Sucrose preference test (SPT)

Mice were exposed to water and 1% sucrose solution for 48 h, followed by 4 hours of water and food deprivation and a 1 hour exposure to two identical bottles, one is water, and another is 1% sucrose solution. The bottles containing water and sucrose were weighed before and at the end of this period and the sucrose preference was determined.

Fecal bacteria analysis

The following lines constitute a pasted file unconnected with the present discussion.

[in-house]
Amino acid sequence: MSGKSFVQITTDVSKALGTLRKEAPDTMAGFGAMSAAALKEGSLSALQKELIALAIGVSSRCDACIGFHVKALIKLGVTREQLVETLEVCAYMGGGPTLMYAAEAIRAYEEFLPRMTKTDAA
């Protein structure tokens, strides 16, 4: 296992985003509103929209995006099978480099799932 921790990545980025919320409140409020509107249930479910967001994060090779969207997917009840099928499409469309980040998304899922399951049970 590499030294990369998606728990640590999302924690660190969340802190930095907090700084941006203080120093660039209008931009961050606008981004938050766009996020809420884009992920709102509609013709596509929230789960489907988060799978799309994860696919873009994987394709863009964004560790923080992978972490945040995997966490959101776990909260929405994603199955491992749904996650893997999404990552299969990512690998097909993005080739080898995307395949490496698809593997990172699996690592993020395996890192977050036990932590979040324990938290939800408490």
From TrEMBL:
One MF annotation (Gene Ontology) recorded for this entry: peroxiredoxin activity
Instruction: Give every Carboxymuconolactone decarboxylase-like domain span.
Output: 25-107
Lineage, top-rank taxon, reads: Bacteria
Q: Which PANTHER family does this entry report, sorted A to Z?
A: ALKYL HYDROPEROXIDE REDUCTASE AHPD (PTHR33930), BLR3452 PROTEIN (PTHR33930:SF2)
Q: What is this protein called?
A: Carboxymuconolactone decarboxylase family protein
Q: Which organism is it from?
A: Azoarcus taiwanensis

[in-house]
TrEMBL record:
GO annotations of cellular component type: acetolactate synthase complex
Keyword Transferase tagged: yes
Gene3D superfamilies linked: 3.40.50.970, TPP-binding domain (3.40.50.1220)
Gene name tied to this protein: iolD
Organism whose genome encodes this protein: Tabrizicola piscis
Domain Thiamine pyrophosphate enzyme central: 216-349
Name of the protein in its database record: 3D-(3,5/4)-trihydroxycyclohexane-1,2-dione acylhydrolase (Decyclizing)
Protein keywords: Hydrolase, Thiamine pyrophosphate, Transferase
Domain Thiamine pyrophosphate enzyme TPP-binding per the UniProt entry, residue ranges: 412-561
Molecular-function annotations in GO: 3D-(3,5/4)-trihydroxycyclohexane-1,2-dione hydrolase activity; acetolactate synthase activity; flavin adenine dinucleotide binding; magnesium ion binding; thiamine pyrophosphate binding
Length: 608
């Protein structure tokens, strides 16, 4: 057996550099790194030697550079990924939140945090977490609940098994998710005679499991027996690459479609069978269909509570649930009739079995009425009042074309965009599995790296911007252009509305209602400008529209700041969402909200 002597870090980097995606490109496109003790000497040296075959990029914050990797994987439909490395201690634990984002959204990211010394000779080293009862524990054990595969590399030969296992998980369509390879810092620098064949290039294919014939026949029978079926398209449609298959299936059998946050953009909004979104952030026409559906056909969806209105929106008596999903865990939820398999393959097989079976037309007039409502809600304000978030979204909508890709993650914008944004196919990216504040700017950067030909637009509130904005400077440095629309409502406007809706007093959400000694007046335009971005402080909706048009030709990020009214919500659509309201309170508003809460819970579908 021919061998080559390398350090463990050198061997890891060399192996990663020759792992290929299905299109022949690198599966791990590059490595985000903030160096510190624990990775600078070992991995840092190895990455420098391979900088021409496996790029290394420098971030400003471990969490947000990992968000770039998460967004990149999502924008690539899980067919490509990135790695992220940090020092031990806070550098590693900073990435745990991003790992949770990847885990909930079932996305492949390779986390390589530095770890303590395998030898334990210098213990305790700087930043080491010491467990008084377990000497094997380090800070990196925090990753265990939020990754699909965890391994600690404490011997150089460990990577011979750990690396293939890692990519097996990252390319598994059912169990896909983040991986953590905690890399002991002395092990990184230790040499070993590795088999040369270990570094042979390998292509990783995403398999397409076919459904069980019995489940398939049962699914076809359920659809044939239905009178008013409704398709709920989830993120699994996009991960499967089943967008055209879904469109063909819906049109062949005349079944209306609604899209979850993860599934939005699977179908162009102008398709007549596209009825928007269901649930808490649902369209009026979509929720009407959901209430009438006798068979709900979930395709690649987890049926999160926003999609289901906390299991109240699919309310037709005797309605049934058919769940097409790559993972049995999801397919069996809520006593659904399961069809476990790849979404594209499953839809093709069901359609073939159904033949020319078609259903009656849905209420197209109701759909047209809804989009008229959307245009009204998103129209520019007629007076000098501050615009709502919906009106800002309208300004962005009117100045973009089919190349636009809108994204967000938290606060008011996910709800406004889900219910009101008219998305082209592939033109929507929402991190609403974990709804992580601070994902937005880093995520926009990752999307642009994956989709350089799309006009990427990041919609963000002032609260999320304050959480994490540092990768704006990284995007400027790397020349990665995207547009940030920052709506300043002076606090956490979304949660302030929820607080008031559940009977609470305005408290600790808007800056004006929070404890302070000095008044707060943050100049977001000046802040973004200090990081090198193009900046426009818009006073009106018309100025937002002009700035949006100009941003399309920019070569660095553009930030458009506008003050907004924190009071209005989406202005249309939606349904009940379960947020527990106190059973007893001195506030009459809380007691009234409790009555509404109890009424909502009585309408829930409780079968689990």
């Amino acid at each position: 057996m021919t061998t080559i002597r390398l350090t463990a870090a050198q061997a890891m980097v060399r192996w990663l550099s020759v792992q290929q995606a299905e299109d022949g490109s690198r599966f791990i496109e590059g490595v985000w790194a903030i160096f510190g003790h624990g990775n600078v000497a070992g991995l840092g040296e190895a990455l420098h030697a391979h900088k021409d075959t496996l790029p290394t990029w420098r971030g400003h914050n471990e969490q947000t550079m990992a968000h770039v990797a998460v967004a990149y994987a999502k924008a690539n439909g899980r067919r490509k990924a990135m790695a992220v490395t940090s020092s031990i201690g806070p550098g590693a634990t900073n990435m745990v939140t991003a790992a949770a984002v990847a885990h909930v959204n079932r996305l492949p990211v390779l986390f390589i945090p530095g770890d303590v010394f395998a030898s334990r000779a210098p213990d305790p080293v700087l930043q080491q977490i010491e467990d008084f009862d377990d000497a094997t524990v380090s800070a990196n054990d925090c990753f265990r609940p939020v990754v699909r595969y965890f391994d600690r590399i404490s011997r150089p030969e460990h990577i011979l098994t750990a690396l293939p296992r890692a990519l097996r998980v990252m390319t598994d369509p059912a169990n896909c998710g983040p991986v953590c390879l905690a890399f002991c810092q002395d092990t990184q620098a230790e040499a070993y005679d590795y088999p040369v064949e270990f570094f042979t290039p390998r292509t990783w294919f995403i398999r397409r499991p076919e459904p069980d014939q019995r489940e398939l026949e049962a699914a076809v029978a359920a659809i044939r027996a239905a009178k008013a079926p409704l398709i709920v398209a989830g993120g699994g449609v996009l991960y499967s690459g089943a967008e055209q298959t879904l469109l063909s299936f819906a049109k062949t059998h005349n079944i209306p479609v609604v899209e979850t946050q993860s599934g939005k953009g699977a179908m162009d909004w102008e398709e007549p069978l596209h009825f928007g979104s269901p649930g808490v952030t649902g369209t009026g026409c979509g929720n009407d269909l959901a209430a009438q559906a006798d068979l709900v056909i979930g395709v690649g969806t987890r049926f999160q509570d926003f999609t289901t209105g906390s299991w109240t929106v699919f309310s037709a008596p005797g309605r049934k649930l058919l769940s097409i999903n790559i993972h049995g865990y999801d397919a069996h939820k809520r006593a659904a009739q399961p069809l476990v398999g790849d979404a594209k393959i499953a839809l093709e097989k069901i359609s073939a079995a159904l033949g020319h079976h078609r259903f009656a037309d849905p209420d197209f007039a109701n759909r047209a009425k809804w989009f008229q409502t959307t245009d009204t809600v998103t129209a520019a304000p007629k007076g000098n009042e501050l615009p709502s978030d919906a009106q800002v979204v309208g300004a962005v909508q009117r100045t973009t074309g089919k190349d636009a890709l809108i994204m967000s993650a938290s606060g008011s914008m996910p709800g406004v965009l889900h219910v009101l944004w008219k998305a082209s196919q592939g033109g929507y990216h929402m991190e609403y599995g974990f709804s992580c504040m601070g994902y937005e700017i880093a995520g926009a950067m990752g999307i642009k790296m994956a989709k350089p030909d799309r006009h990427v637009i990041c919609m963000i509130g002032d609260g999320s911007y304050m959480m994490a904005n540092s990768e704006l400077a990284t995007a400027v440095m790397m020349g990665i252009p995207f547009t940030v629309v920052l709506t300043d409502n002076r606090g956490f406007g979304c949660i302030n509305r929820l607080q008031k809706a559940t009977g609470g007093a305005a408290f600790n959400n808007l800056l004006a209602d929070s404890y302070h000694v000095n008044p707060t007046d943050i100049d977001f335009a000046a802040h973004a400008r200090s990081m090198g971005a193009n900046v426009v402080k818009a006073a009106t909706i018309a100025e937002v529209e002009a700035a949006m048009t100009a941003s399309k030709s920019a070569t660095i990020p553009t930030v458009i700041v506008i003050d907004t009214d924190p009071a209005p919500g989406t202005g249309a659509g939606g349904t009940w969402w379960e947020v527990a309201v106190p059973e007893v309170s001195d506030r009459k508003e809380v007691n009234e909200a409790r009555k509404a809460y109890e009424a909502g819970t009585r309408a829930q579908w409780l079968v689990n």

Fecal samples were collected after behavioral tests. The samples were stored in a refrigerator with a temperature of −80 °C. The analysis of fecal bacteria was performed at TechnoSuruga Laboratory Co, Ltd. (Shizuoka, Japan). DNA was automatically extracted from the processed supernatant with the use of a 12GC and GC series Magtration-MagaZorb DNA Common Kit 200N (Precision System Science, Chiba, Japan). The final concentration of the extracted DNA was adjusted to 10 ng/μL. Terminal restriction fragment length polymorphism (T-RFLP) analysis was performed according to the previous study48. The 16S rRNA gene was amplified with the use of primer sets 516F (5′-TGCCAGCAGCCGCGGTA-3′) and 1492R (5′-GGTTACCTTGTTACGACTT-3′). The 5′-end of the forward primer 516F was labeled with 6′-carboxyfluorescein. Amplified polymerase chain reaction (PCR) products were refined with the usage of MultiScreen® PCR 96 filter plates (Millipore, Tokyo, Japan). The refined products (about 3 μL) were digested for 3 h at 55 °C with 10 U of Bsl I restriction enzyme (New England Biolabs, Inc., Ipswich, MA, USA). The length of the separated fluorescent PCR fragment was determined with an ABI PRISM 3130xl genetic analyzer (Applied Biosystems, Tokyo, Japan), and the data were analyzed with GeneMapper® software. MapMarker® X-Rhodamine Labeled 50–1000 bp (BioVentures, Inc., Murfreesboro, TN, USA) was used as a size standard marker. NTSYSpc software (Exeter Software, Setauket, NY, USA) was used to perform cluster analysis. Each terminal restriction fragment (T-RF) was expressed as a percentage of the peak area of all T-RFs. Disparity in similarity among fecal samples in individual mice was calculated using a correlation matrix and was presented graphically on tree diagrams with the use of a weighted pair-group method with arithmetic mean (WPGMA) clustering48.